Army Corps to begin Swinomish Channel dredging Sept. 19

Published Sept. 18, 2012

SEATTLE – Dredging of the 11-mile Swinomish Navigation Channel will begin Sept. 19, making it safer for local boaters to navigate.

The U.S. Army Corps of Engineers will oversee the marine safety and access improvement project, being performed by contractor American Construction Co. Inc., of Tacoma, Wash. 

The local company secured the job to dredge an estimated 215,000 cubic yards of channel sediment with a $1.9 million bid. Dredging is expected to be complete by mid-February.

First dredged more than a century ago, the channel silts in quickly and has been historically dredged every three to five years. But across the nation, fiscal constraints have slowed work on Corps projects with low commercial use.

“Recreational boaters rely on the channel for access to La Conner and local marinas, but commercial use is limited,” said John Pell, the Corps’ Seattle District project manager.

The channel’s usual commerce is log and barge towing, but it also provides access to the City of La Conner waterfront, a Swinomish tribal fish processing facility and several marinas. The last dredging took place in 2008 and recently boaters have been reporting shoaling. The U.S. Coast Guard has reported groundings and includes a regular warning about traversing the waterway in its Local Notice to Mariners.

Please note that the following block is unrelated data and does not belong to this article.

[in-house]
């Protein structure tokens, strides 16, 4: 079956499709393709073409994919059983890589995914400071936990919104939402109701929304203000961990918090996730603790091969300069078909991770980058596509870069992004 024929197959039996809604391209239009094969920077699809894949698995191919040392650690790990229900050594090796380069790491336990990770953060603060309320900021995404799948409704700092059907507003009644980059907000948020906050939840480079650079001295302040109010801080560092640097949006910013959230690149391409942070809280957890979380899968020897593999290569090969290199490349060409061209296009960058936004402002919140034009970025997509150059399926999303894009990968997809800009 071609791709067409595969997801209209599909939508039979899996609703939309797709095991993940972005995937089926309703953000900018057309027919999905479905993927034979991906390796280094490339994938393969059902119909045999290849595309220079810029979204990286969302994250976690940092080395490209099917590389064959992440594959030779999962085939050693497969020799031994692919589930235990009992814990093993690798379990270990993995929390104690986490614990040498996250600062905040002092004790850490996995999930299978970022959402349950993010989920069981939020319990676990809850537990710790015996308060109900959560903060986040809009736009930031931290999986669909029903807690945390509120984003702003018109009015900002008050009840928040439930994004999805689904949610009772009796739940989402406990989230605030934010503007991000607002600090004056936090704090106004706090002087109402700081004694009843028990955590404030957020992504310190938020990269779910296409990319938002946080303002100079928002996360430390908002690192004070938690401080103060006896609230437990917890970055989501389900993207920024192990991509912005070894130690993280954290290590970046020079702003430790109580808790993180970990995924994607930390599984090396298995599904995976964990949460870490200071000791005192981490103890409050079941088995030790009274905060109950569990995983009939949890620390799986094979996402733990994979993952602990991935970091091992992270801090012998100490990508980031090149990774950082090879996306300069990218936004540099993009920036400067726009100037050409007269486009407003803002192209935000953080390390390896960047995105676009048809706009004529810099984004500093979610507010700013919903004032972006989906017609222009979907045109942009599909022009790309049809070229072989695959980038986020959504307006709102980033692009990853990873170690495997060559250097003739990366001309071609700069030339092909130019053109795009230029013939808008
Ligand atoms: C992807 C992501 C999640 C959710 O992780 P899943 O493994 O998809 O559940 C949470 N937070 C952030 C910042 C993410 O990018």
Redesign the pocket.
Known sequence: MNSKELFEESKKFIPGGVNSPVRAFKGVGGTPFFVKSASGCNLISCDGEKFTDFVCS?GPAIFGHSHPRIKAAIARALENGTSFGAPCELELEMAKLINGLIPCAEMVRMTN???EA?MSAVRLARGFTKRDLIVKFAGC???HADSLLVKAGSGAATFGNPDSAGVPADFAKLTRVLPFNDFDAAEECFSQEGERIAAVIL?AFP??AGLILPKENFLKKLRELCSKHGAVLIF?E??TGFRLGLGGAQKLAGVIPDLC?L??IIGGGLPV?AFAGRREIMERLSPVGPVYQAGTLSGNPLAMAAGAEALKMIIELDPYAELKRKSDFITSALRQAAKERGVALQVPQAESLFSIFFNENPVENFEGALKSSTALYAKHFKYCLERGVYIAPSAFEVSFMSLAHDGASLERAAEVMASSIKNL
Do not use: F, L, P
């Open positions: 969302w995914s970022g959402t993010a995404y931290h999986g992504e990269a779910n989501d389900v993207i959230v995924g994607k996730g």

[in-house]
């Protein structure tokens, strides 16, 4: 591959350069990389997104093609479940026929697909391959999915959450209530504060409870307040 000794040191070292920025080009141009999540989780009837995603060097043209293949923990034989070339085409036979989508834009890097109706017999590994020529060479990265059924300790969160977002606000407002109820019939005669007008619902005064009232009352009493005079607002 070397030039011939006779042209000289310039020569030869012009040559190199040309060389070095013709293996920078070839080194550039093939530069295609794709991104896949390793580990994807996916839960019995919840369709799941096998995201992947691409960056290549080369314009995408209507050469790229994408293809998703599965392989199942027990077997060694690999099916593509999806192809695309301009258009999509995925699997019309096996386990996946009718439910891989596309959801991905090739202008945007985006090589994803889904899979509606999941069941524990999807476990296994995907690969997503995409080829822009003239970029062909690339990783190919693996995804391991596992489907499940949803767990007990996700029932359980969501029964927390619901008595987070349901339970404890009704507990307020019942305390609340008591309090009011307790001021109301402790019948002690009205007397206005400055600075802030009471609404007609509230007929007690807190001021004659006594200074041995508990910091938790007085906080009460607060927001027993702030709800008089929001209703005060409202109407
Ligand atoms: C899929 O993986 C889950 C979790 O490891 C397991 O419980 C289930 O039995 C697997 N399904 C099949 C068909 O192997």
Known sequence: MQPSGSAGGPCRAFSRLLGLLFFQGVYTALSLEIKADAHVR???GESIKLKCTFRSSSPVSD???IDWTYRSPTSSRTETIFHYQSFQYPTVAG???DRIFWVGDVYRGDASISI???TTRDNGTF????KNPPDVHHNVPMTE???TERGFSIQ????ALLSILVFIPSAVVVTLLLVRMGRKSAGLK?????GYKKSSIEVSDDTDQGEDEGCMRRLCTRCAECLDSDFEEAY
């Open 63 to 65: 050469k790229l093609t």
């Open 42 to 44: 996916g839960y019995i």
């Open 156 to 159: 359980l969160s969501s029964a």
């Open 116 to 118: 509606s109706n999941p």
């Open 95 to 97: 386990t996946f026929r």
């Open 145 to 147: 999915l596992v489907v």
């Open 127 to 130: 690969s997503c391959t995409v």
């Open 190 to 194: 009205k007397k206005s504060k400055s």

“Last December, the Corps received some additional funding for maintaining small harbors around the country and we were able to add Swinomish Channel to the 2012 work plan,” said Pell, who’s been preparing for the project since 2010.

To prepare for any dredging project, Corps officials coordinate with state and federal agencies and local tribal governments to minimize harm to the aquatic ecosystem and assure full compliance with the federal Endangered Species Act. The Corps also helps mitigate the potential impacts of dredging and disposal operations by following U.S. Fish and Wildlife Service designated timing restrictions.

“Whenever possible, dredged material is beneficially used to restore, protect or create aquatic and wetland habitats,” said Dr. David Kendall, an aquatic biologist in the Seattle District’s Dredged Materials Management Office, which implements the interagency Dredged Material Management Program, or DMMP, in partnership with the U.S. Environmental Protection Agency and Washington state departments of Ecology and Natural Resources.

These four agencies collaboratively work to manage and regulate disposal of dredged material from dredging projects in Washington state.

“We are finalizing with the EPA for them to use some of this material for a Superfund cleanup project they are working in Elliott Bay,” Kendall said. “The remaining material will be disposed of at a DMMP disposal site located in Rosario Strait.”

Bill Dowell

Release no. 12-029